Thailand: Devastated by mass tourism, the Phi Phi Islands promise to reinvent themselves

The archipelago has been licking its wounds since the pandemic and the authorities promise to invent another development model there. Time is of the essence: the famous Maya Bay, immortalized by Leonardo DiCaprio in the film “The Beach” and forced to close in 2018 to avoid an ecological disaster, is due to reopen on January 1st.

Five bamboo sharks, two males and three females, are launched off the famous beach. Born in captivity, these small sharks with striped bodies and long tails are reluctant to sneak past clownfish, barracuda and sea turtles.

“You need time to adjust. We waited until they reached 30 centimeters to optimize their chances of survival,” biologist Kullawit Limchularat, known as Aum, who is conducting the operation in partnership with the Center for Marine Biology in Phuket, told AFP (south).

A female lays eggs once a month. “The goal is for it to stay here and breed and participate in the recolonization of the species,” “Near Threatened,” according to the International Union for Conservation of Nature. Phi Phi Marine National Park, with its white sand beaches and coral reefs, drew more than two million visitors each year before the pandemic.

environmental disaster

Human impact, the overabundance of motor boats, the lack of regulation on these islands, which are nevertheless classified as “national parks”, combined with global warming have resulted in an environmental catastrophe.

In Maya Bay, up to 6,000 people flocked to its narrow, 250-meter-long beach in one day. “The coral cover there has decreased by more than 60% in just over 10 years,” notes Thon Thamrongnawasawat of Kasetsart University in Bangkok. In 2018, the scientist sounded the alarm bell, urging authorities to close part of the bay, also devastated by erosion.

The pandemic then plunges the entire archipelago into forced convalescence. Since then, dozens of blacktip sharks, green or hawksbill turtles have been moving in the shallow waters. Whale sharks, the world’s largest endangered fish, have been sighted offshore.

“Everything indicates that there is more breeding, especially in sharks that like calm waters,” notes Thon Thamrongnawasawat. As for the corals, “more than 40% of the fragments newly planted in Maya Bay have survived, a very satisfactory figure obtained thanks to the absence of visitors”.

But recovery will be slow. The biologist warns that it will take at least two decades to restore the coral reef.

regulation

Phi Phi is tentatively reviving tourism, which is still essentially local – although drastic travel restrictions on foreign visitors heading to Thailand have recently been eased. And Maya Bay is slated to reopen on January 1 after more than three years of closure. Nobody wants to repeat the mistakes of the past, says Pramote Kaewnam, director of the national park.

Boats are not allowed to dock near the beach and drop tourists off at a jetty away from the bay. Visits are limited to one hour, with a maximum of 300 people per tour. “Maya Bay was making us up to $60,000 a day. But this tremendous income cannot be compared to the natural resources that we have lost,” notes the director.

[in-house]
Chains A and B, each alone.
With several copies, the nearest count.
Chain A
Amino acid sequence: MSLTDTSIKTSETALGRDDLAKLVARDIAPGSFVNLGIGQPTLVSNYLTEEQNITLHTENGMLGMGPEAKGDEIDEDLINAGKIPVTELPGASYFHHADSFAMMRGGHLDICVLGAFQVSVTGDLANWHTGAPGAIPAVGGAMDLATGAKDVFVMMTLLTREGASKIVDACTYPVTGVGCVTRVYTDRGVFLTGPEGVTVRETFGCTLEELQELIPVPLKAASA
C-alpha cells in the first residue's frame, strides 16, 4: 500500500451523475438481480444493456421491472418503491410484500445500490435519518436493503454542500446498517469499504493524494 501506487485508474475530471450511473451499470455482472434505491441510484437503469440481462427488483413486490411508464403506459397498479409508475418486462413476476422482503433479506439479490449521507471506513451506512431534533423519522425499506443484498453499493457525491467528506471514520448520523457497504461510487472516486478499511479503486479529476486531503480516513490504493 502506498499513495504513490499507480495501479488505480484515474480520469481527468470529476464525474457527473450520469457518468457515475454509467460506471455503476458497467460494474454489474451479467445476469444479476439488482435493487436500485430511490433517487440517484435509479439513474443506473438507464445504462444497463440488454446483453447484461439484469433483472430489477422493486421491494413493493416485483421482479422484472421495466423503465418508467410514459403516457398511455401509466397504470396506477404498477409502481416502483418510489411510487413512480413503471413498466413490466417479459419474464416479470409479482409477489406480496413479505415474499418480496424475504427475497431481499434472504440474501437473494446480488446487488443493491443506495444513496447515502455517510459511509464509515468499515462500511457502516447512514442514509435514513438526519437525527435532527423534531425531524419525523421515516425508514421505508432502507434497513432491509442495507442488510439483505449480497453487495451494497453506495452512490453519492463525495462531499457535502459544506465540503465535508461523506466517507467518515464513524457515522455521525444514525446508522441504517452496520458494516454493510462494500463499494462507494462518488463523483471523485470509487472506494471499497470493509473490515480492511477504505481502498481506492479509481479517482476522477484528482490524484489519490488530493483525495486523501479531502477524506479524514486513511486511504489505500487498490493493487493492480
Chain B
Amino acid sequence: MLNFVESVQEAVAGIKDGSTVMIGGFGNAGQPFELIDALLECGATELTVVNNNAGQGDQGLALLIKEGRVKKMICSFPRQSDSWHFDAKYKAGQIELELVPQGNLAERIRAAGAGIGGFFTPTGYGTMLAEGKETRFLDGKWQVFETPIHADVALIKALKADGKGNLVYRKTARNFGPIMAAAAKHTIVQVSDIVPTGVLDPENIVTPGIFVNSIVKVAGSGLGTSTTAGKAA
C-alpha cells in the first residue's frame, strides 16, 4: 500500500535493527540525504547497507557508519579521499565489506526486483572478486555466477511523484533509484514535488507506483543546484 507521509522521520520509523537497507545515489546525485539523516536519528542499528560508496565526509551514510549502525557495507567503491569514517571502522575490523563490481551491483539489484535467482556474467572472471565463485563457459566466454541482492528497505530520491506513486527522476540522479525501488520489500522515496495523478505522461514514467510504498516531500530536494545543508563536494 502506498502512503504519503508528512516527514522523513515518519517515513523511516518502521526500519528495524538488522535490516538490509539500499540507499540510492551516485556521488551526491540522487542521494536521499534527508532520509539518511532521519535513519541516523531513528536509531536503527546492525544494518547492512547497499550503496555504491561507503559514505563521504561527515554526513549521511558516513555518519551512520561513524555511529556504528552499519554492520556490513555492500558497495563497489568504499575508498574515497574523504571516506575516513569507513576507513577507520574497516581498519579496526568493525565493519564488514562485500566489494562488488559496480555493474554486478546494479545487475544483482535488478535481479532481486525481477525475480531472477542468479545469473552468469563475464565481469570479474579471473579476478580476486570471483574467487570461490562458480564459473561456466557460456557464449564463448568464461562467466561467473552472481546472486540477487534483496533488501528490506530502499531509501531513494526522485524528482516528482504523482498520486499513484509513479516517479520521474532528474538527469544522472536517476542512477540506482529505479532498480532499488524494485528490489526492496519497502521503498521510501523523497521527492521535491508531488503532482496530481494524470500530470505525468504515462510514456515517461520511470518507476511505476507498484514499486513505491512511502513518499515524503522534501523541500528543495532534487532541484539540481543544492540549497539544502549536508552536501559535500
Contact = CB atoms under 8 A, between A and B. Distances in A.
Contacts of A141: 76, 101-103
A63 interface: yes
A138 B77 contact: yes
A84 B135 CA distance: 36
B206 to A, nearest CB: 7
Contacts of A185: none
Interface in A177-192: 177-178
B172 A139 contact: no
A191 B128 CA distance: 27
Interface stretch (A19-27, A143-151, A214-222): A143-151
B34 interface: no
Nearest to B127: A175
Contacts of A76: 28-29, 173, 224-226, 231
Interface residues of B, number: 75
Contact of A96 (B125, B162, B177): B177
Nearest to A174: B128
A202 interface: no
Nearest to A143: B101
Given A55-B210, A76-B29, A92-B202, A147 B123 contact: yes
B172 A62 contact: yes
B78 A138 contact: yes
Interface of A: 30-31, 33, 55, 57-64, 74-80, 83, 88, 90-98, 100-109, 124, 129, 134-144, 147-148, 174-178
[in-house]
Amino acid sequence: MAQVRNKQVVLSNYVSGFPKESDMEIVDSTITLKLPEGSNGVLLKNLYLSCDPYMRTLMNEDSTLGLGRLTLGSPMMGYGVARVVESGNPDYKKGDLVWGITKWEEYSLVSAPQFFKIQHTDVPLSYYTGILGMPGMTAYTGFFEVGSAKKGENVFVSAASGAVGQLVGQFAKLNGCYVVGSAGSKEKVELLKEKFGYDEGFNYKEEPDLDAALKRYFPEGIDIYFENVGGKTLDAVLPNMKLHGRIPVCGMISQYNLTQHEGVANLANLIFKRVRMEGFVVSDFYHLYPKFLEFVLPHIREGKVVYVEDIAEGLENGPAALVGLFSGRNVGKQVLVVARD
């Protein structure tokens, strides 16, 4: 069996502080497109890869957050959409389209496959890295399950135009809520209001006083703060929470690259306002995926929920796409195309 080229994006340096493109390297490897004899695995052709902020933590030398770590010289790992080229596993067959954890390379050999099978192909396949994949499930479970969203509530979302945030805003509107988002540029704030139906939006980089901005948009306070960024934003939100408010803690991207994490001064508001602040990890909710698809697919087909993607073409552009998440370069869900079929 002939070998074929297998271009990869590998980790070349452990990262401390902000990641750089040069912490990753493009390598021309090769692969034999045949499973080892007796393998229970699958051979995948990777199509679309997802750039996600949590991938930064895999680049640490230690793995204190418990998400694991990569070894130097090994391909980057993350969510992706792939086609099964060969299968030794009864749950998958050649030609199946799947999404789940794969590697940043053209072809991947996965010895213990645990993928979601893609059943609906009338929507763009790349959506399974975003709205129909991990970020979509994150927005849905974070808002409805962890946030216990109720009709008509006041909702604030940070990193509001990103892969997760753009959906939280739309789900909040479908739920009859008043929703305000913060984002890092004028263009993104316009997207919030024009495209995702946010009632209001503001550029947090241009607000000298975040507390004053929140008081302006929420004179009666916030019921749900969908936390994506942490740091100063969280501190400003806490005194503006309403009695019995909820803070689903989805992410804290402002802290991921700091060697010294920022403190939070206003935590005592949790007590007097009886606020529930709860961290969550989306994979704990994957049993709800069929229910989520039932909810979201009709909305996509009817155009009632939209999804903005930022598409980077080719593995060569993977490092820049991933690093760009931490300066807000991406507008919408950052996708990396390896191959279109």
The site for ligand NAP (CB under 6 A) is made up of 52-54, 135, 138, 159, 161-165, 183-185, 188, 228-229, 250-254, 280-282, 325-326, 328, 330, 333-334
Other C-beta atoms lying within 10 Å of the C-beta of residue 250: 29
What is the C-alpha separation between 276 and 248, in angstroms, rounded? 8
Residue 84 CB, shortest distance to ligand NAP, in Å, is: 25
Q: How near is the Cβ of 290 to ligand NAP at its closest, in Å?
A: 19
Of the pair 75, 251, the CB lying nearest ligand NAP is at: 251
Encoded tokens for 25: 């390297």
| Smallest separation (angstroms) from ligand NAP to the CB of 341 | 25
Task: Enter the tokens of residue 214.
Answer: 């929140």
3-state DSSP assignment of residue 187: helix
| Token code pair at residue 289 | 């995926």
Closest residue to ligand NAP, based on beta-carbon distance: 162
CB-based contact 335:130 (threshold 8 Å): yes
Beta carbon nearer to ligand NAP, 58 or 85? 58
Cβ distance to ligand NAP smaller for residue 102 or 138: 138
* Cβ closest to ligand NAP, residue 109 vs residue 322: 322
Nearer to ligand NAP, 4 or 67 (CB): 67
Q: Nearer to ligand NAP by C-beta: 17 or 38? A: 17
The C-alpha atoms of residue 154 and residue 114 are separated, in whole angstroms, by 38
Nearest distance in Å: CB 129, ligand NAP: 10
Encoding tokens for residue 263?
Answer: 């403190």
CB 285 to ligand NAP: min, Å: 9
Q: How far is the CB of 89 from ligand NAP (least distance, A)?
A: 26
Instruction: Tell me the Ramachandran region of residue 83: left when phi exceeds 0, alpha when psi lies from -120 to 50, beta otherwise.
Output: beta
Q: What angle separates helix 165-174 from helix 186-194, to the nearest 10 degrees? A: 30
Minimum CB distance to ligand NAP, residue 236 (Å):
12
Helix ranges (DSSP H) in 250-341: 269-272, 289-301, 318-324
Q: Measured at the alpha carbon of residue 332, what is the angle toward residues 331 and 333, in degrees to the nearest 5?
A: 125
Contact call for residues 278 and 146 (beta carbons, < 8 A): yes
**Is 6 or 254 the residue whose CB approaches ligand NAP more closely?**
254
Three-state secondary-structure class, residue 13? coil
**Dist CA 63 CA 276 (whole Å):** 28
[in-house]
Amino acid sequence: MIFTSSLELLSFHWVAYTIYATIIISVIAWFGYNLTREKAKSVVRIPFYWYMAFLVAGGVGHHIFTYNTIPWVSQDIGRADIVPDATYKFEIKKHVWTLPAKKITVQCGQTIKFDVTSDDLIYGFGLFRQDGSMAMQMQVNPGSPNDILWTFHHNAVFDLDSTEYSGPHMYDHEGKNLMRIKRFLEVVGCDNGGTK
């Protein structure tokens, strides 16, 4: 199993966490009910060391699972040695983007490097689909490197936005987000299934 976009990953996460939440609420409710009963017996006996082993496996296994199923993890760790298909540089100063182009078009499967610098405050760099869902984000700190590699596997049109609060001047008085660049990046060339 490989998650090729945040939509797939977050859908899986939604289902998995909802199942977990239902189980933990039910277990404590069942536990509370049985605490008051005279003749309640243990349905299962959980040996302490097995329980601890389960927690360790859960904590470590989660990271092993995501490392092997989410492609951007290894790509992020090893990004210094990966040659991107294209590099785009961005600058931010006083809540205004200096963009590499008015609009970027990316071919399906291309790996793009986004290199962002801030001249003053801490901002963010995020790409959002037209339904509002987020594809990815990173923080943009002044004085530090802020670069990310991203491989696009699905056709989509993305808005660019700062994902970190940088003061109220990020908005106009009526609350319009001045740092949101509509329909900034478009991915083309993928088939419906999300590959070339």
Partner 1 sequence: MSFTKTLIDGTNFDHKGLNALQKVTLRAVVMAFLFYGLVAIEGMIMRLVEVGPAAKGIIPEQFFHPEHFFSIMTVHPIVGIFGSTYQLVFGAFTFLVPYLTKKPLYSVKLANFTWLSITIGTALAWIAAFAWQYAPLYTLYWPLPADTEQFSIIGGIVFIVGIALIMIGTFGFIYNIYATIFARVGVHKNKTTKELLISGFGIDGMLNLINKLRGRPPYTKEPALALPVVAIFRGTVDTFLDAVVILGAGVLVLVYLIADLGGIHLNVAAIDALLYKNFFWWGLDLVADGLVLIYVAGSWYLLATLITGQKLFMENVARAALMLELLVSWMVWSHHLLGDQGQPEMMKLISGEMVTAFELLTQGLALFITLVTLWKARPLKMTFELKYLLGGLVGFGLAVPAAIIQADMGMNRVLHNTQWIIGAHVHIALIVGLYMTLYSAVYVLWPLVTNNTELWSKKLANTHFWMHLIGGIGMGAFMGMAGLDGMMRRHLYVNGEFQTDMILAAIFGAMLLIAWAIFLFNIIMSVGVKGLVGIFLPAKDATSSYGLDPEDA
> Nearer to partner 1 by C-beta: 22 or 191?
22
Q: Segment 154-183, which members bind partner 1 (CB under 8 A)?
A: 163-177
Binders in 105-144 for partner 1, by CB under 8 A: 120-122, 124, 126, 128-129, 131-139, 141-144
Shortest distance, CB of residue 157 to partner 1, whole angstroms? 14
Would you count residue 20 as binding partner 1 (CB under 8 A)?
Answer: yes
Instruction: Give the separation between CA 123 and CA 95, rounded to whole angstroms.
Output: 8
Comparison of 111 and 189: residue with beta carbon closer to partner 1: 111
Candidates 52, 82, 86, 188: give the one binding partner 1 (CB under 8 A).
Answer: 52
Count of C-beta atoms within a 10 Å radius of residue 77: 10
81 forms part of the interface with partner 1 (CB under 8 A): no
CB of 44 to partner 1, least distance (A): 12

The number of visitors is also regulated in other important places in the archipelago. And beware of boats trying to anchor on the coral reefs or tourists having fun feeding the fish, they will be fined $150.

– “Upscale Travelers” –

Phi Phi must inspire the whole kingdom. The government now wants to focus on quality and “attract high-end travelers rather than large visitor numbers”.

Local businesses need to adapt. “We need tourism revenue, but we also need education. We all understood that with the pandemic,” said Sirithon Thamrongnawasawat, vice president of sustainable development at Singha Estate.

The group, owner of a 200-room hotel on the island of Thailand, has set up a marine center there dedicated to the archipelago’s ecosystem and is funding several projects, coral reforestation, bamboo shark breeding and clown fish subsequently released into the sea.

The first foreign visitors returning to the region seem enthusiastic about this new approach. “We didn’t just come to dive in the turquoise waters. We also want to help,” says Franck, before helping to clean up the nearby mangroves. “It would be great if the island remained so depopulated.” But the archipelago’s 2,500 residents have seen their income plummet with the pandemic and are hoping for a quick return of customers.

Pailin Naowabutr has been scouring the waters of Phi Phi for seven years, ferrying tourists aboard his long-tail boat. “Before the Covid I was making $30 a day. I had to stop and multiply the odd jobs for less than $10.” The sailor recently went back to sea. He looks nostalgically to the horizon, to Phuket, its big sister, which is an hour away by speedboat and welcomed millions of tourists before the crisis.

“They’ll be back soon, everyone wants to visit Phi Phi,” he says. But the Omicron variant, which has already forced several countries to barricade themselves again, could dashed their hopes…and still give marine life some breathing space.

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